The National YWCA is promoting a series of activities and events across the US October 15th–19th. The focus is on ending gender-based violence. Well before looking into the activities and posted talking points for the initiative, I began to look inward. I realized could spend the entire week without ever leaving home reflecting on my actions. I might separate thoughts, words, actions and behaviors into two categories: violence provoking or compassion promoting.

This thought was both revealing and scary. As a child, I lived in an atmosphere of uncertainty. I could rarely determine if I was safe…safe from bullying, isolation and violence, whether perceived or real. I could not tell whether I was wanted by my family or if I truly belonged. My best defense mechanism as a four-year old was to close my eyes, thinking if I did so, I could hide from the assault I imagined was coming my way.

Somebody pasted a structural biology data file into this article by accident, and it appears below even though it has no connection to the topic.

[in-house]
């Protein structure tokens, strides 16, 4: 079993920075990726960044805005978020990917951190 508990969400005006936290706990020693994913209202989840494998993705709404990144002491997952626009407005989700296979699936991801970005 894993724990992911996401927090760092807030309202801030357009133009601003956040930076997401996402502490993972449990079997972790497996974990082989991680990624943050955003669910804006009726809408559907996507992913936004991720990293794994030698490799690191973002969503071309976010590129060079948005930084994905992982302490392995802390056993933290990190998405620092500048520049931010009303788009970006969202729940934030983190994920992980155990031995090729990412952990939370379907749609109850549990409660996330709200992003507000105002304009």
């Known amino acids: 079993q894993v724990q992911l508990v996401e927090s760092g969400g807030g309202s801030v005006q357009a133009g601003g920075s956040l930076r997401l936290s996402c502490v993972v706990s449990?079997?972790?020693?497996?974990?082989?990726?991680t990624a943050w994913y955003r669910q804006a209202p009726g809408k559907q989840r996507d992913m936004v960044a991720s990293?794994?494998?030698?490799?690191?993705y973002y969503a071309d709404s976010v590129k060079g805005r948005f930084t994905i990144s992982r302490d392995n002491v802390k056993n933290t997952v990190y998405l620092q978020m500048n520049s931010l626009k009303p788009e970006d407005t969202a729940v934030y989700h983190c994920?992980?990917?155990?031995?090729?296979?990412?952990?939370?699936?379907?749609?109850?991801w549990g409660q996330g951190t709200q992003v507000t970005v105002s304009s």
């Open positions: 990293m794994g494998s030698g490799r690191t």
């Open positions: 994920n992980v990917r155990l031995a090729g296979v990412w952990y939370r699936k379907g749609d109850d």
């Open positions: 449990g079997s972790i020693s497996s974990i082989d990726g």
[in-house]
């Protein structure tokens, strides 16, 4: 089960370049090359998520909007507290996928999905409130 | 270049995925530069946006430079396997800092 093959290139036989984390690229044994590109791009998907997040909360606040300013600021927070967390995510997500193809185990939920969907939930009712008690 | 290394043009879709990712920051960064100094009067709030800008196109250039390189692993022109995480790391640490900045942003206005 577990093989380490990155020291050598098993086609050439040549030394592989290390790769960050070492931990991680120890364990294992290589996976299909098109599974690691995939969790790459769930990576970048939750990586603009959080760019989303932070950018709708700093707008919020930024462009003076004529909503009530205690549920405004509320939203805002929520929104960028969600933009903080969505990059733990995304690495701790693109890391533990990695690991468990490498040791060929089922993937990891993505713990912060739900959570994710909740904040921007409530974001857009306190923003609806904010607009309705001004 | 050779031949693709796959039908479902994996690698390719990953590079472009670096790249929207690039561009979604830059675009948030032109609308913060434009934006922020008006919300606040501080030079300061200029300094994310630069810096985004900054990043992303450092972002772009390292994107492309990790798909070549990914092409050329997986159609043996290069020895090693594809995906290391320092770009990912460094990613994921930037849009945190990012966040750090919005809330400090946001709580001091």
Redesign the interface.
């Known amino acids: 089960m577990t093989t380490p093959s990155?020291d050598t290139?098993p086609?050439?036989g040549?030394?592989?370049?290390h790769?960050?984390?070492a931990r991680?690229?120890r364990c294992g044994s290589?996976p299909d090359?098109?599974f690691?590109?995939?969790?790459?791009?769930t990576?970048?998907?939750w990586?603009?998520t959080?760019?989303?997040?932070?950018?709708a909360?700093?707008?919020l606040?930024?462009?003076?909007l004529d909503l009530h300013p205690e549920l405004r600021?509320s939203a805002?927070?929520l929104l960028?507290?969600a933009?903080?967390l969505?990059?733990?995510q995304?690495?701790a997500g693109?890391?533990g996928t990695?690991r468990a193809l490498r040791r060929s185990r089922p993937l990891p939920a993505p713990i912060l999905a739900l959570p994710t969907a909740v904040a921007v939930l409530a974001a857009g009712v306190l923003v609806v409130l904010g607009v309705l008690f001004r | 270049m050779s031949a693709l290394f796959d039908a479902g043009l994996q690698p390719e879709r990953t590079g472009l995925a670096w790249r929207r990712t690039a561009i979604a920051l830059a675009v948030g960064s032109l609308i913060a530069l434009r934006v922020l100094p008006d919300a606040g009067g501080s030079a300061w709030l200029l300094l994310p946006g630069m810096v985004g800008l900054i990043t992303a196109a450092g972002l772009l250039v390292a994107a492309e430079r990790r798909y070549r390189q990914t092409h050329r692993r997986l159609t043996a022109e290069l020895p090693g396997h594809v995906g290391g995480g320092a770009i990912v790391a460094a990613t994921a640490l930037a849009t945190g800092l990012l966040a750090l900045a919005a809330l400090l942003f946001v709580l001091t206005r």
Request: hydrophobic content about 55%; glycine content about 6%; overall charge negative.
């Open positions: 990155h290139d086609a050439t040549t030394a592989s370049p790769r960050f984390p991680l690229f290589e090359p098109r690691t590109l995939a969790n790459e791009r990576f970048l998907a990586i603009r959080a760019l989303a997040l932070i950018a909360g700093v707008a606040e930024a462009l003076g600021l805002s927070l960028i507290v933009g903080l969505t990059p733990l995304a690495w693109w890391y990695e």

Sometimes the violence was verbal. Sometimes it came as a certain tone of voice or a particular stance or an admonishing finger or fist. Sometimes it was physical. It happened often enough that I was continually thrown off guard as to what was real and what was just a threat. I became a shy boy, always hoping that this time would be different, but wary at the same time.

I’ve done a lot of reflecting and healing in the decades since then. I take a gentle approach in my interactions with others and with myself. But sometimes I’m still triggered by someone’s loud manner or sharp tone, including my own.

The violence I experienced was both gender-based and child-directed. The seeds of homophobia were there as well, although I could not see the connection then. And there was classism, the result of living in a family with less than enough financial resource.

Violence is such a loaded term. Starting from within, I realize what is required to live without violence, for without something to replace it, the vacuum is replenished by yet more violence. What I most needed and deserved was to be loved. Today I recognize that if I am not responding from a place of love and compassion, I am adding to the violence that is always in and around me. What I do with that awareness makes all the difference.

—Steve Jarose